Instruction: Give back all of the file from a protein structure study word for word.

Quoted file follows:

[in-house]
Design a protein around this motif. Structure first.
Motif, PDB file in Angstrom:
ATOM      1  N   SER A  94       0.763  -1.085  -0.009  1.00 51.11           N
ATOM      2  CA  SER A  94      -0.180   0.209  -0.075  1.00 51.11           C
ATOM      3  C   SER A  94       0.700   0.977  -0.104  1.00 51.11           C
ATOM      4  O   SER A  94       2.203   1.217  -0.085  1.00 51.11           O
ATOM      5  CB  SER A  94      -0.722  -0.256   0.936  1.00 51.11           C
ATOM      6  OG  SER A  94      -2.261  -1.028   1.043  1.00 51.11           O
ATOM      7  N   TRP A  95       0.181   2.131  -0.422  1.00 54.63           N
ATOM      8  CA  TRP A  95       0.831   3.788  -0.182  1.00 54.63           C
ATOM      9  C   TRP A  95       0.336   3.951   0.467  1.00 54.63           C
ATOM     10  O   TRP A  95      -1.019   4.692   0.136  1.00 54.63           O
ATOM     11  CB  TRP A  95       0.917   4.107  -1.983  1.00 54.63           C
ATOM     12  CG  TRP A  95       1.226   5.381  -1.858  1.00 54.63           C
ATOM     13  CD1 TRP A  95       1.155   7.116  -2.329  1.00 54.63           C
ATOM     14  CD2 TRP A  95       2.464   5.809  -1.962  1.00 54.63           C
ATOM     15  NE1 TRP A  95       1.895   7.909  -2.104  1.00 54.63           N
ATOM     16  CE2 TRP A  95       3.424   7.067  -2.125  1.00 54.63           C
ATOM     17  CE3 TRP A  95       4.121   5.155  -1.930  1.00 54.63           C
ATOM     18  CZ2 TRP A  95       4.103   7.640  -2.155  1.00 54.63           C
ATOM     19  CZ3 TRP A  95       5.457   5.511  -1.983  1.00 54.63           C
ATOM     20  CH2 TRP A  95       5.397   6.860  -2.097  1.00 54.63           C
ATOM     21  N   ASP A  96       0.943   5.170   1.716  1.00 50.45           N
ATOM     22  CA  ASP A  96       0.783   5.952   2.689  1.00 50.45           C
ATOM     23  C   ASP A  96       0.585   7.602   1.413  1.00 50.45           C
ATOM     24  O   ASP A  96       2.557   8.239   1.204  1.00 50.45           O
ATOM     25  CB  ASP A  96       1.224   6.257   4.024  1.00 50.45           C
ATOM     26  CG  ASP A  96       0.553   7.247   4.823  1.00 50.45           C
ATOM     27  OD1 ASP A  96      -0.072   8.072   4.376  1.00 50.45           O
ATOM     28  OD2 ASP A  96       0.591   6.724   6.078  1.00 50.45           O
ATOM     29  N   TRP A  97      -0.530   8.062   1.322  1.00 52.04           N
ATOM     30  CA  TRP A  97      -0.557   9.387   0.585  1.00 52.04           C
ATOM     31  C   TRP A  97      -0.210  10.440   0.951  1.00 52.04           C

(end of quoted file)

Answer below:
[in-house]
Design a protein around this motif. Structure first.
Motif, PDB file in Angstrom:
ATOM      1  N   SER A  94       0.763  -1.085  -0.009  1.00 51.11           N
ATOM      2  CA  SER A  94      -0.180   0.209  -0.075  1.00 51.11           C
ATOM      3  C   SER A  94       0.700   0.977  -0.104  1.00 51.11           C
ATOM      4  O   SER A  94       2.203   1.217  -0.085  1.00 51.11           O
ATOM      5  CB  SER A  94      -0.722  -0.256   0.936  1.00 51.11           C
ATOM      6  OG  SER A  94      -2.261  -1.028   1.043  1.00 51.11           O
ATOM      7  N   TRP A  95       0.181   2.131  -0.422  1.00 54.63           N
ATOM      8  CA  TRP A  95       0.831   3.788  -0.182  1.00 54.63           C
ATOM      9  C   TRP A  95       0.336   3.951   0.467  1.00 54.63           C
ATOM     10  O   TRP A  95      -1.019   4.692   0.136  1.00 54.63           O
ATOM     11  CB  TRP A  95       0.917   4.107  -1.983  1.00 54.63           C
ATOM     12  CG  TRP A  95       1.226   5.381  -1.858  1.00 54.63           C
ATOM     13  CD1 TRP A  95       1.155   7.116  -2.329  1.00 54.63           C
ATOM     14  CD2 TRP A  95       2.464   5.809  -1.962  1.00 54.63           C
ATOM     15  NE1 TRP A  95       1.895   7.909  -2.104  1.00 54.63           N
ATOM     16  CE2 TRP A  95       3.424   7.067  -2.125  1.00 54.63           C
ATOM     17  CE3 TRP A  95       4.121   5.155  -1.930  1.00 54.63           C
ATOM     18  CZ2 TRP A  95       4.103   7.640  -2.155  1.00 54.63           C
ATOM     19  CZ3 TRP A  95       5.457   5.511  -1.983  1.00 54.63           C
ATOM     20  CH2 TRP A  95       5.397   6.860  -2.097  1.00 54.63           C
ATOM     21  N   ASP A  96       0.943   5.170   1.716  1.00 50.45           N
ATOM     22  CA  ASP A  96       0.783   5.952   2.689  1.00 50.45           C
ATOM     23  C   ASP A  96       0.585   7.602   1.413  1.00 50.45           C
ATOM     24  O   ASP A  96       2.557   8.239   1.204  1.00 50.45           O
ATOM     25  CB  ASP A  96       1.224   6.257   4.024  1.00 50.45           C
ATOM     26  CG  ASP A  96       0.553   7.247   4.823  1.00 50.45           C
ATOM     27  OD1 ASP A  96      -0.072   8.072   4.376  1.00 50.45           O
ATOM     28  OD2 ASP A  96       0.591   6.724   6.078  1.00 50.45           O
ATOM     29  N   TRP A  97      -0.530   8.062   1.322  1.00 52.04           N
ATOM     30  CA  TRP A  97      -0.557   9.387   0.585  1.00 52.04           C
ATOM     31  C   TRP A  97      -0.210  10.440   0.951  1.00 52.04           C